Having an odometer is a mixed blessing. It's cool to know how far I've gone, how fast I'm going, and what time it is, but it also kind of pushes you to do more miles to round up (13.56 miles is for wusses! Gotta do at least 15). I often add miles on side streets, which is how I discovered Freedom Drive. It's a ridiculously short dead-end street off another mostly-forgotten dead-end street with light industrial buildings, many abandoned. I guess it makes sense that freedom hides in a dilapidated place many of us never choose to go. And biking is freedom for me. One of the few ways an otherwise inelegant person can fly.

Sometimes I also ride through subdivisions. Caution: I brake for free plants.

Free Lilies Oops Irises

I didn't need any lilies, oops, irises, but I loved the sign.

Heading west, I generally take this dirt road though it can be bumpy, which reverberates through your whole body in a disconcerting way. The tall plants on either side are invasive, non-native reed grasses, Phragmites australis. A horticulturist once described the ID process this way: "If you're in a wet area overgrown with a single kind of really tall grass, and you're not sure if it's Phragmites... It's Phragmites."

A boardwalk view of the marsh at Marsh View Meadows Park.

I always get excited when I see burdock because my first thought is always prairie dock! Burdock is a biennial thistle whose seed pods stick to your clothes. The mosquitoes were wicked in this spot.

Ann Arborites know you can forget about the summer when the sumac is on fire.

"In harmony?" Yeah, I'm not buyin' it either...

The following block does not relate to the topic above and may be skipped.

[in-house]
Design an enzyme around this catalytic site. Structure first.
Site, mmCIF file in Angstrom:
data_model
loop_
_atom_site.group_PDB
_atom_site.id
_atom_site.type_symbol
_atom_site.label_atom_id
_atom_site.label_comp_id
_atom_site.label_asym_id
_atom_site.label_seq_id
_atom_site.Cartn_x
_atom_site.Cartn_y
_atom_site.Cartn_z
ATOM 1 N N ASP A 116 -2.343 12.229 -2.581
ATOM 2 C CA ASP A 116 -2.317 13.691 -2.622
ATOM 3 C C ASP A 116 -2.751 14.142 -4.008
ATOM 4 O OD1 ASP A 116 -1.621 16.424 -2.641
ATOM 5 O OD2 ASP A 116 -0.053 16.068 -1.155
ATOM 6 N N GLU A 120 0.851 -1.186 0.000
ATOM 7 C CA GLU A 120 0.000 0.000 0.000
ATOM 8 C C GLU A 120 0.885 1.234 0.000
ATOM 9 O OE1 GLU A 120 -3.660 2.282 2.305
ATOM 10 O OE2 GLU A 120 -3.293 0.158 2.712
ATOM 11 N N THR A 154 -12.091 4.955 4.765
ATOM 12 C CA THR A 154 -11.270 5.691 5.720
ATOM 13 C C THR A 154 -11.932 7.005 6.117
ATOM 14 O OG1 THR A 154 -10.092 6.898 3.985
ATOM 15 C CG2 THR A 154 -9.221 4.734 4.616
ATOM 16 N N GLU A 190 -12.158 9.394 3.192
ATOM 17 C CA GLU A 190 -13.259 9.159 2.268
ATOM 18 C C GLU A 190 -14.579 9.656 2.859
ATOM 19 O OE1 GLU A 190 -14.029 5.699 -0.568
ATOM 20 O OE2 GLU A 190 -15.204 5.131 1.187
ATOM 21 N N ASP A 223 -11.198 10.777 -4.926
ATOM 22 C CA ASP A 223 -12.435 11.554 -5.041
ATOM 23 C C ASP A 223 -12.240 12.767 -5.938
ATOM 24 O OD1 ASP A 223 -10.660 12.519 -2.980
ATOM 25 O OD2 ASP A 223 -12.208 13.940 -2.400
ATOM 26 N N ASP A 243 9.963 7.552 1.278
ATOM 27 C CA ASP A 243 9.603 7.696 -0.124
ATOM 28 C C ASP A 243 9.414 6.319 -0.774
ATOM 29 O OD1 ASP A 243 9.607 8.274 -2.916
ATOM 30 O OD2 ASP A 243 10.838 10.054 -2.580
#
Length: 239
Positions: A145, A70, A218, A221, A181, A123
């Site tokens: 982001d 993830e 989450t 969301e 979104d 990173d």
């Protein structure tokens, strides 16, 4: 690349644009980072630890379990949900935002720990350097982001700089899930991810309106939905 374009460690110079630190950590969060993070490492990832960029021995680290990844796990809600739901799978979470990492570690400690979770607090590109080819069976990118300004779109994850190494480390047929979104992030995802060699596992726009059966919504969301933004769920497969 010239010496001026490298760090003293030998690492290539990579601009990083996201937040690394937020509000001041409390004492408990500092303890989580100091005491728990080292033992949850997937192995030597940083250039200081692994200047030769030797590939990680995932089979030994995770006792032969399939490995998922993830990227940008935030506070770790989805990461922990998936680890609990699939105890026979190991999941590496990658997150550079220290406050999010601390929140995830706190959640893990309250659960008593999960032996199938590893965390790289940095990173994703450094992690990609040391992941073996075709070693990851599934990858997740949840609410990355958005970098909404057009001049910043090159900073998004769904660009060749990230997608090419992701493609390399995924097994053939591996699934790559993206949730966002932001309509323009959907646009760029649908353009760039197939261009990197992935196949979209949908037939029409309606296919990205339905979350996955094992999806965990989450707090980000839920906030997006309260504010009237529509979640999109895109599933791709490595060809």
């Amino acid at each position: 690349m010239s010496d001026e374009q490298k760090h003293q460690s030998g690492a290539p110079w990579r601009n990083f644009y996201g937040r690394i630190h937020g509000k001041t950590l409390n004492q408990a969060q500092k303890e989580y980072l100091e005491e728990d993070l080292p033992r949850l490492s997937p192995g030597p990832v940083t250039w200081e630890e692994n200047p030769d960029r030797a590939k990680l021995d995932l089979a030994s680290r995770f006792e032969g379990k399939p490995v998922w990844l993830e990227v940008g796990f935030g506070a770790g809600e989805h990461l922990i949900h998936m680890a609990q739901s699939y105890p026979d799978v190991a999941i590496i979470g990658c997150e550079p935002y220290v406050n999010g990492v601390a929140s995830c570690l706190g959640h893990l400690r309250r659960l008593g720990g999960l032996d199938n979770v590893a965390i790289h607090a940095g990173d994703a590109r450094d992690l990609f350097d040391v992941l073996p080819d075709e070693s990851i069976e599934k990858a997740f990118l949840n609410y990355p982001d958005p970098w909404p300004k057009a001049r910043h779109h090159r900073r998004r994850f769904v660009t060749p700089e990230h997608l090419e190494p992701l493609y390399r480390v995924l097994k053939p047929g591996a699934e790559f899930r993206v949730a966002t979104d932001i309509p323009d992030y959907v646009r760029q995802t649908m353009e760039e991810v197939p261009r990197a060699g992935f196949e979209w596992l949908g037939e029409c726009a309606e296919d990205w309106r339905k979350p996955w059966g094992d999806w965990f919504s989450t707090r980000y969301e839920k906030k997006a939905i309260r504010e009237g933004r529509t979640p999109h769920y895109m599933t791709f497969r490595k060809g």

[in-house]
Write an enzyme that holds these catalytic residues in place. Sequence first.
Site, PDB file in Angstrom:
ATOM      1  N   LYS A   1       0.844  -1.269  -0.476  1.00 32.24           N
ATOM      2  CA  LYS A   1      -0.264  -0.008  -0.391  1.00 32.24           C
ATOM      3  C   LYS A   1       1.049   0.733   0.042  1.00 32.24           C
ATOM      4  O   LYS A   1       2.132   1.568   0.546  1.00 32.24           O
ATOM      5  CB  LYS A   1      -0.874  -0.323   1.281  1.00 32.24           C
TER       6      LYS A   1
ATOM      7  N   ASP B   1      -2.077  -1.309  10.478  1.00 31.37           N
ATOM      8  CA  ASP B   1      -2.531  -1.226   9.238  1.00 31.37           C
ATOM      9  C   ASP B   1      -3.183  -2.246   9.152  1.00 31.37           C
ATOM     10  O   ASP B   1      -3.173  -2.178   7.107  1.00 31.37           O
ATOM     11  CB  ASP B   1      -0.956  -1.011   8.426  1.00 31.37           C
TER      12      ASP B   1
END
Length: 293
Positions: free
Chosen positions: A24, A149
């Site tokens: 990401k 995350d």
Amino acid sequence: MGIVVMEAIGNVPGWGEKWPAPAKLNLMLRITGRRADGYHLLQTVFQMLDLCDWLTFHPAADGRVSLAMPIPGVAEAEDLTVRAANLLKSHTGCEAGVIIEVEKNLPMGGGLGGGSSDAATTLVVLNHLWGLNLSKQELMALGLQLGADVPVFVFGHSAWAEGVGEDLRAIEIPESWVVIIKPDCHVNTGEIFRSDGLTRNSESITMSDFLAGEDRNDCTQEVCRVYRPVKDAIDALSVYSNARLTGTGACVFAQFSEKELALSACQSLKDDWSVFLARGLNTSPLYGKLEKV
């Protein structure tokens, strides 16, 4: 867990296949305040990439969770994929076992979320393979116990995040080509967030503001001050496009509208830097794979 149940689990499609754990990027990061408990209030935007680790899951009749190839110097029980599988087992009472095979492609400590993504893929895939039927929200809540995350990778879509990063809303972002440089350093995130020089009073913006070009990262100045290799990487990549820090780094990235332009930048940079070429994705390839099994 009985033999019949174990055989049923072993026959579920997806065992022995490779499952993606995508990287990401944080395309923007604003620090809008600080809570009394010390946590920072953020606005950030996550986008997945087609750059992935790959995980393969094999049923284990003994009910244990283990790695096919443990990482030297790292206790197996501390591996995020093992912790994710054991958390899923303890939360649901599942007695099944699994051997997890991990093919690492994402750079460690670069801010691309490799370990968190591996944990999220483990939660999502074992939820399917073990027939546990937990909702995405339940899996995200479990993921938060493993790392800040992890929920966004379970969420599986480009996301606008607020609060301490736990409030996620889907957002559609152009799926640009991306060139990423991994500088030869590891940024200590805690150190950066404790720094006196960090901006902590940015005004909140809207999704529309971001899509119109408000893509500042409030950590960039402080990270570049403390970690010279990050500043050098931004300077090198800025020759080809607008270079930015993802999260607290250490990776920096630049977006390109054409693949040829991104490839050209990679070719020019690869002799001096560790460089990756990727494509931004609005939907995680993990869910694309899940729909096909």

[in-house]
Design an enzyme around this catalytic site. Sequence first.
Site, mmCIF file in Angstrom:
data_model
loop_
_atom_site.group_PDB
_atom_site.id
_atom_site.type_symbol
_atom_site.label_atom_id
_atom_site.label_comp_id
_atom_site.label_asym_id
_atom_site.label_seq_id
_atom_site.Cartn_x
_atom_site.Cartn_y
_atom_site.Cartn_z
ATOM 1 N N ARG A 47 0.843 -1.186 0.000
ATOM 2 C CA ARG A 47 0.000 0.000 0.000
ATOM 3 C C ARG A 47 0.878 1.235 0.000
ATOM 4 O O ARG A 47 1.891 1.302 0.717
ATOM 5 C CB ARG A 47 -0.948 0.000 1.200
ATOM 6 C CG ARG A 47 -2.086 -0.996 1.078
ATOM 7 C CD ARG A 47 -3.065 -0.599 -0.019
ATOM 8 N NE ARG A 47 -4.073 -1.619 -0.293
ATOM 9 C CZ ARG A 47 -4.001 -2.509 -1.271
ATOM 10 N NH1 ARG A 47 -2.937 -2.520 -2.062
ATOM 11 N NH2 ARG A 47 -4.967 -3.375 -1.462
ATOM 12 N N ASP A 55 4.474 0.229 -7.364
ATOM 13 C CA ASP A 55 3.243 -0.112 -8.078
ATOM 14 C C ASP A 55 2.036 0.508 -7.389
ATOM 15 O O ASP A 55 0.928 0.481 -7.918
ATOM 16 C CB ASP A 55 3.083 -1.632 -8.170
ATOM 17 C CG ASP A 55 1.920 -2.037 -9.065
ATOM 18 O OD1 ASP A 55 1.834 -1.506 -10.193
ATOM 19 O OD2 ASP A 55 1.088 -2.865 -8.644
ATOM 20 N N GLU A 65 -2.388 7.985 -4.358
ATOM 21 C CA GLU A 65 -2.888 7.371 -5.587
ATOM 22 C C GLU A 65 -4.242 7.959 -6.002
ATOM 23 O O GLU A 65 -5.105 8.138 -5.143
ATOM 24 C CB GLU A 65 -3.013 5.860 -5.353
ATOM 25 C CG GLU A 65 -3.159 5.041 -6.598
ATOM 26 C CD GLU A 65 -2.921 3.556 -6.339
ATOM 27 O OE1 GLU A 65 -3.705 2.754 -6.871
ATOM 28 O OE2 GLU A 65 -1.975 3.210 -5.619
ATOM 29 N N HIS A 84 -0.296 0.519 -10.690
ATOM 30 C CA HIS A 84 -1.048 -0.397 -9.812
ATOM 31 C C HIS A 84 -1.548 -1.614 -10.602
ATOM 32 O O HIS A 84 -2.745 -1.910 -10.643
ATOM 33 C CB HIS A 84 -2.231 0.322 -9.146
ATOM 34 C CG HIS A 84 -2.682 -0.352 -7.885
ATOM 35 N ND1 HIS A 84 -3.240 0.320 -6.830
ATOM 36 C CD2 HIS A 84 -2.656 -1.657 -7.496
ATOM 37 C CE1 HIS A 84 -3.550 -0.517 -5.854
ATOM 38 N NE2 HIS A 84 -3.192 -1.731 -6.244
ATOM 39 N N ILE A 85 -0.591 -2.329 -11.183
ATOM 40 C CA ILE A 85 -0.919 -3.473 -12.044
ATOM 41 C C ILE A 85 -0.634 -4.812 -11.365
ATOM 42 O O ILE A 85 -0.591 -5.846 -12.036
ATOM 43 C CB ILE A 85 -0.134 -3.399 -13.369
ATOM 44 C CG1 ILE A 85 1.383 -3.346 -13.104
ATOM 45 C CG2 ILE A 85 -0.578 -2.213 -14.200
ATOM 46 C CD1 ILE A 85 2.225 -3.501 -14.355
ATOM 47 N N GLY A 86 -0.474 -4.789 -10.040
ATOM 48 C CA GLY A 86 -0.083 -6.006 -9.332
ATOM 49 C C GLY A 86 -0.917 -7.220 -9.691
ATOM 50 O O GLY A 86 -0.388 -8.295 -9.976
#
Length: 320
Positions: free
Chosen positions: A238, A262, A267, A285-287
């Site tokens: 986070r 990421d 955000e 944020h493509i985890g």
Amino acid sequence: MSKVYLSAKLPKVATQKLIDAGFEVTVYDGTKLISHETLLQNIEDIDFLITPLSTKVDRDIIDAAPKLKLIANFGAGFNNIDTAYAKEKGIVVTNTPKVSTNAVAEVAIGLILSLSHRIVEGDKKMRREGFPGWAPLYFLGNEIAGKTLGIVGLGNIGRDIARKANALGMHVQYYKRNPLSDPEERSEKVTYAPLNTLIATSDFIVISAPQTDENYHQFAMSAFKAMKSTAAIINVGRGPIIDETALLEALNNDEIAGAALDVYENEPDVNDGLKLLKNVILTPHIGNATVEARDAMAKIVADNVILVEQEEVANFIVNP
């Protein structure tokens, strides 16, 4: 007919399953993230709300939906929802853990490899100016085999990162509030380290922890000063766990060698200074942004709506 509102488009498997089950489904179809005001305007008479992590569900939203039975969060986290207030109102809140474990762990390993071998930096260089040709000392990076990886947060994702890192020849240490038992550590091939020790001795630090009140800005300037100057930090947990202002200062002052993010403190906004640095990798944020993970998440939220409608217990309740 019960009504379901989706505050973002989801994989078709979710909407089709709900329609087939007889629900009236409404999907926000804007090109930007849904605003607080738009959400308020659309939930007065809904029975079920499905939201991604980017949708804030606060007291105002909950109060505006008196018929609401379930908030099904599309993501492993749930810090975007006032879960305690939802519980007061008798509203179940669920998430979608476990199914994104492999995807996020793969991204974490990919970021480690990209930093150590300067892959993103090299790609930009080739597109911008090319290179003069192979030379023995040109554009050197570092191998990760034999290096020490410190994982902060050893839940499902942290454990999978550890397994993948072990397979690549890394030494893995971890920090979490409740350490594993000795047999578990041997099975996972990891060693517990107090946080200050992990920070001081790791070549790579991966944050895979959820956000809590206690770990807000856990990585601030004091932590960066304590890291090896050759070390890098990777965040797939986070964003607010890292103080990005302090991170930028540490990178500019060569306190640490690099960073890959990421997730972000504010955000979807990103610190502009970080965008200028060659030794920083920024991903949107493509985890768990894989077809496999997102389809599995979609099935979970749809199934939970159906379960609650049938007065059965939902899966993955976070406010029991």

Just because they kept the silos, doesn't mean the farm's not gone. Not harmony.

But, look, here's a working farm, just down the road from said bid'ness park.

And here's the best location for listening to frogs in southern Ann Arbor, Morgan Woods Nature Area, northwest corner of Morgan and Stone School Roads. Can you see the jewelweed at the bottom left?

I was hoping some of the alpacas would be out at the local alpaca farm, but they weren't. You'll have to make due with this trumpet vine. I know it's not the same, but it's what was there.


A killdeer!

Heading back into suburbia now.

I love the contrast of this working farm and south Ann Arbor's two tall buildings to the west.

The same farm, looking south, contrasts with a small light industrial complex.

Directly across from the farm to the east is a strip mall, which includes my high-end soil supplier, the Grow Show. The two duuuudes who run it are awesome.

The last time I passed that farm, they had an 1800s buggy (minus the horse) for sale.

This tractor is way cooler.

This sign is in a friend's neighborhood, not on my normal route, but it could just as easily be. It's so quintessentially Ann Arbor.

OK, fess up. Did the title get you humming Nelly or John Mellencamp? I went both ways!